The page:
Increasing numbers of U.S. military veterans are filing lawsuits against corporate giant 3M as soldiers discover hearing injuries tied to their use of 3M Combat Arms earplugs. One of the most recent, Army vet James C. Boyd, filed a lawsuit against 3M Company earlier last week. In the official complaint, Boyd states he sustained hearing injuries during training and/or active military duty from using 3M’s Dual-ended Combat Arms earplugs. Boyd’s lawsuit is filed in the U.S. District Court for the Northern District of Florida, where it joins similar lawsuits currently pending in the 3M multidistrict litigation.
Resident of North Carolina, Boyd served for 20 years in the military before his 2018 discharge. During that time, Boyd alleges he was supplied “dangerously defective” 3M earplugs that contributed to his hearing loss, diagnosed in 2017. The 3M earplugs were meant to protect soldiers’ ears for various tasks, including but not limited to live fire training, combat and training exercises, and tank firing. However, the claimed earplug defect, a too-short earplug stem, caused the earplug to not fit properly in soldiers’ ears, subjecting soldiers to hazardous conditions.
These earplugs were issued to the military between 2003-2015, impacting potentially tens of thousands of soldiers for over a decade. The defective earplugs are not limited to state-based veterans; soldiers stationed across the globe could potentially be impacted. According to the complaint, Boyd was deployed to Iraq, Kuwait, Qatar, and Cambodia during is time in the military, which is when he alleges he sustained hearing injuries due to the 3M earplugs.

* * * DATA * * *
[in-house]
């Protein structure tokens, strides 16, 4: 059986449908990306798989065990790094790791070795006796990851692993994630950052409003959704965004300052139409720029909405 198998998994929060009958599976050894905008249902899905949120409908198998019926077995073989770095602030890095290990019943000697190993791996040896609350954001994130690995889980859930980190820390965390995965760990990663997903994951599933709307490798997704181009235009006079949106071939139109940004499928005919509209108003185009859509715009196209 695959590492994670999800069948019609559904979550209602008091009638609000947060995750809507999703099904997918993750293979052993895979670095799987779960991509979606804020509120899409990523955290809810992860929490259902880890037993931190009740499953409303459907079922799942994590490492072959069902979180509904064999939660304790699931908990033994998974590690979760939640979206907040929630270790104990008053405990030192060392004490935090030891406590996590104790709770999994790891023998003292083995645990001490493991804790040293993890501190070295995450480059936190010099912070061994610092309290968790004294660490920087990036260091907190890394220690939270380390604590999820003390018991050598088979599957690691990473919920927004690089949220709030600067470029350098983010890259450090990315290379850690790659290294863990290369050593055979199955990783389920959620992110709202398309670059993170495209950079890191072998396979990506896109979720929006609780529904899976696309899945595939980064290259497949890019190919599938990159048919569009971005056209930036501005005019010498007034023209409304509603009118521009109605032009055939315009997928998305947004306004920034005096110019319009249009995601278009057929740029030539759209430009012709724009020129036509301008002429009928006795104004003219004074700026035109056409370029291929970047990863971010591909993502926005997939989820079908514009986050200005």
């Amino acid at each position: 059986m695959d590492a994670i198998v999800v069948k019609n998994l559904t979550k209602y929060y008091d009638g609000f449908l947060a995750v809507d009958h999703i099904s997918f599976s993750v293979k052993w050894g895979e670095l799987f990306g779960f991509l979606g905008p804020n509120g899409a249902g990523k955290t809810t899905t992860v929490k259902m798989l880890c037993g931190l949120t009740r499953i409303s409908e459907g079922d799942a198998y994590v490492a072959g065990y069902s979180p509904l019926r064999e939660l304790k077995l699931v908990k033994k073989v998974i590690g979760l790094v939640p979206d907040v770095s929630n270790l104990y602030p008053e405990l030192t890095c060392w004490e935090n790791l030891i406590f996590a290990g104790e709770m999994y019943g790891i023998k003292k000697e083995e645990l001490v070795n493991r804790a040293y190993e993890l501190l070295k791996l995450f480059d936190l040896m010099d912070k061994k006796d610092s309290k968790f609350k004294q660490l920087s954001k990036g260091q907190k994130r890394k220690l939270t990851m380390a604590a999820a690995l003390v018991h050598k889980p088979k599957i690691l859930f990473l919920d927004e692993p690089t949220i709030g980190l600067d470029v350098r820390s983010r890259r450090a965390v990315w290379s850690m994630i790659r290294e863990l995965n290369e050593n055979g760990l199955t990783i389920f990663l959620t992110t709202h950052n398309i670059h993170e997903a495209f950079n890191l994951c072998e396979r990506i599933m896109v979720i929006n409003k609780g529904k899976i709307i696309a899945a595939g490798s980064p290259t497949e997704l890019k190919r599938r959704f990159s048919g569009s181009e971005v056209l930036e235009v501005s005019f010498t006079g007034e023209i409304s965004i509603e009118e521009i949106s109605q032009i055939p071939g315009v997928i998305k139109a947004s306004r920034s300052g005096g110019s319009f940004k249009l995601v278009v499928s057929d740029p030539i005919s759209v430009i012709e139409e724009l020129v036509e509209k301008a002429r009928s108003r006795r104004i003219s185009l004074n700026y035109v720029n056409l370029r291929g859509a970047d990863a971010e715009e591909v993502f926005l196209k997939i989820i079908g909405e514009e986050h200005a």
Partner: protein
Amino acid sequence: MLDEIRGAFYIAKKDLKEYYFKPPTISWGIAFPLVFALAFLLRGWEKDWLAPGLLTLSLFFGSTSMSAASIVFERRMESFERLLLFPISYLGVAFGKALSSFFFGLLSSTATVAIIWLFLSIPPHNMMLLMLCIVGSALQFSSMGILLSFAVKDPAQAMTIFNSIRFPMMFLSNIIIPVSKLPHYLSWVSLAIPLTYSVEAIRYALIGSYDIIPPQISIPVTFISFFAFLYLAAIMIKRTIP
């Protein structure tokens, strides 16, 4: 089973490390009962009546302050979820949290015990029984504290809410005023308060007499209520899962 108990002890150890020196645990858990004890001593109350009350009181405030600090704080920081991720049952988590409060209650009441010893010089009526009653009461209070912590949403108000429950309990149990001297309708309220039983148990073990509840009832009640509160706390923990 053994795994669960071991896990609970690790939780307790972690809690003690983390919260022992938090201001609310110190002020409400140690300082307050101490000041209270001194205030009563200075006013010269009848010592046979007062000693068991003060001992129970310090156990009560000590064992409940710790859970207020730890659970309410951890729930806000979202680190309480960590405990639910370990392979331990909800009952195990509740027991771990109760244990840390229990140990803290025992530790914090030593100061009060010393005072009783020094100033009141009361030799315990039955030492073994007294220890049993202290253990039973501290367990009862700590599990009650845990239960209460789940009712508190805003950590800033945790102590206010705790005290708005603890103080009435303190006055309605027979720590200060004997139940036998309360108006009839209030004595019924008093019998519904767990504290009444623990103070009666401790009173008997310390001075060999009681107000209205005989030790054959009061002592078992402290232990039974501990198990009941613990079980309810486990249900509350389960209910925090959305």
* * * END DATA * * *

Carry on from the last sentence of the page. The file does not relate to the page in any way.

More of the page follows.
3M reached a $9.1 million settlement with the Department of justice over the 3M Dual-Sided Combat Arms earplugs in July of 2018 to resolve claims that 3M defrauded the military and government by knowingly selling them defective earplugs. However, increasing numbers of 3M earplug-related lawsuits are expected to increase in the upcoming months as 3M lawyers continue to review and file more cases on behalf of veterans across the country.
Judge M. Casey Rodgers, presiding judge of the 3M MDL in the Northern District of Florida, recently opened a time of discovery for parties involved in the MDL. If settlements over the earplugs are not reached by the end of the litigation proceedings, individual lawsuits are to be remanded back in to the U.S. District Courts for individual trial dates.